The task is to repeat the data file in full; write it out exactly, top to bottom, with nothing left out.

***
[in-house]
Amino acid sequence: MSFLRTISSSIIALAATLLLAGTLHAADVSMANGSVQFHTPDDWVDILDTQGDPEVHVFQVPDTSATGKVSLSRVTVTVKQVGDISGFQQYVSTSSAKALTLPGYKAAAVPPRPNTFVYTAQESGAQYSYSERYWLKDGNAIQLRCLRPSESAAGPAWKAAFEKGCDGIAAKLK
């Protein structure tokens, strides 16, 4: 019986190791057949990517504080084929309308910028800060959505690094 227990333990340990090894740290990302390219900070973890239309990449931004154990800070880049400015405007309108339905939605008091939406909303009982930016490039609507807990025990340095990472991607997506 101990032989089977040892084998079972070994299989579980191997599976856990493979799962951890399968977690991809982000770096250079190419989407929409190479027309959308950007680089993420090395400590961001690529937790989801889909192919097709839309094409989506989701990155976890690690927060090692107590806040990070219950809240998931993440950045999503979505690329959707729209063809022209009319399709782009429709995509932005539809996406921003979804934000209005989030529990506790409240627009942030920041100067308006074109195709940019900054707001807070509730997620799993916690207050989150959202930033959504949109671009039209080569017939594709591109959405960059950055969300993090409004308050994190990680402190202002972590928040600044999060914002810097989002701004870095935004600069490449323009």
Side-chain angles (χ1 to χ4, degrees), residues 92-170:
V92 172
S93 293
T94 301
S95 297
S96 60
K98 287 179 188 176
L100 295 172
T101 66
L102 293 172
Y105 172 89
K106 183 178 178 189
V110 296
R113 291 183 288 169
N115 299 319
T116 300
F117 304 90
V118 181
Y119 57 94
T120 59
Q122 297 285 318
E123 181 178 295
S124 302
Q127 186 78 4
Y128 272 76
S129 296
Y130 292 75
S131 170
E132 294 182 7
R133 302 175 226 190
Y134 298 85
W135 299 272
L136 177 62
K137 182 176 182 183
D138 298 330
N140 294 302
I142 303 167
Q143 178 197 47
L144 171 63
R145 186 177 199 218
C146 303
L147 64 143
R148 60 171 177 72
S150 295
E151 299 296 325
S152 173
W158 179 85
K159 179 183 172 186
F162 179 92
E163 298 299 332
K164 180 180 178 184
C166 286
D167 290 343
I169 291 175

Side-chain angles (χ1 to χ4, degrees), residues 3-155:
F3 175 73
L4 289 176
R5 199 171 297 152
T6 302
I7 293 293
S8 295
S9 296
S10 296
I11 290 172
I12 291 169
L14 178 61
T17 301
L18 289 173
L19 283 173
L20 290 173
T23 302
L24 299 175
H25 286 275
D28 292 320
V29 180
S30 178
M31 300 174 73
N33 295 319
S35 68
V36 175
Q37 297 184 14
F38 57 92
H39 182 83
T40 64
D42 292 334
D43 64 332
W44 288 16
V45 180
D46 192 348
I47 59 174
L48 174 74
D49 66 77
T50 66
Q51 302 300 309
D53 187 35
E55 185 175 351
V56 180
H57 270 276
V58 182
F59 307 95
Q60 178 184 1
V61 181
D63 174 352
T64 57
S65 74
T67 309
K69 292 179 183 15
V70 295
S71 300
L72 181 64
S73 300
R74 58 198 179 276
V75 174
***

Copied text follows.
[in-house]
Amino acid sequence: MSFLRTISSSIIALAATLLLAGTLHAADVSMANGSVQFHTPDDWVDILDTQGDPEVHVFQVPDTSATGKVSLSRVTVTVKQVGDISGFQQYVSTSSAKALTLPGYKAAAVPPRPNTFVYTAQESGAQYSYSERYWLKDGNAIQLRCLRPSESAAGPAWKAAFEKGCDGIAAKLK
């Protein structure tokens, strides 16, 4: 019986190791057949990517504080084929309308910028800060959505690094 227990333990340990090894740290990302390219900070973890239309990449931004154990800070880049400015405007309108339905939605008091939406909303009982930016490039609507807990025990340095990472991607997506 101990032989089977040892084998079972070994299989579980191997599976856990493979799962951890399968977690991809982000770096250079190419989407929409190479027309959308950007680089993420090395400590961001690529937790989801889909192919097709839309094409989506989701990155976890690690927060090692107590806040990070219950809240998931993440950045999503979505690329959707729209063809022209009319399709782009429709995509932005539809996406921003979804934000209005989030529990506790409240627009942030920041100067308006074109195709940019900054707001807070509730997620799993916690207050989150959202930033959504949109671009039209080569017939594709591109959405960059950055969300993090409004308050994190990680402190202002972590928040600044999060914002810097989002701004870095935004600069490449323009």
Side-chain angles (χ1 to χ4, degrees), residues 92-170:
V92 172
S93 293
T94 301
S95 297
S96 60
K98 287 179 188 176
L100 295 172
T101 66
L102 293 172
Y105 172 89
K106 183 178 178 189
V110 296
R113 291 183 288 169
N115 299 319
T116 300
F117 304 90
V118 181
Y119 57 94
T120 59
Q122 297 285 318
E123 181 178 295
S124 302
Q127 186 78 4
Y128 272 76
S129 296
Y130 292 75
S131 170
E132 294 182 7
R133 302 175 226 190
Y134 298 85
W135 299 272
L136 177 62
K137 182 176 182 183
D138 298 330
N140 294 302
I142 303 167
Q143 178 197 47
L144 171 63
R145 186 177 199 218
C146 303
L147 64 143
R148 60 171 177 72
S150 295
E151 299 296 325
S152 173
W158 179 85
K159 179 183 172 186
F162 179 92
E163 298 299 332
K164 180 180 178 184
C166 286
D167 290 343
I169 291 175

Side-chain angles (χ1 to χ4, degrees), residues 3-155:
F3 175 73
L4 289 176
R5 199 171 297 152
T6 302
I7 293 293
S8 295
S9 296
S10 296
I11 290 172
I12 291 169
L14 178 61
T17 301
L18 289 173
L19 283 173
L20 290 173
T23 302
L24 299 175
H25 286 275
D28 292 320
V29 180
S30 178
M31 300 174 73
N33 295 319
S35 68
V36 175
Q37 297 184 14
F38 57 92
H39 182 83
T40 64
D42 292 334
D43 64 332
W44 288 16
V45 180
D46 192 348
I47 59 174
L48 174 74
D49 66 77
T50 66
Q51 302 300 309
D53 187 35
E55 185 175 351
V56 180
H57 270 276
V58 182
F59 307 95
Q60 178 184 1
V61 181
D63 174 352
T64 57
S65 74
T67 309
K69 292 179 183 15
V70 295
S71 300
L72 181 64
S73 300
R74 58 198 179 276
V75 174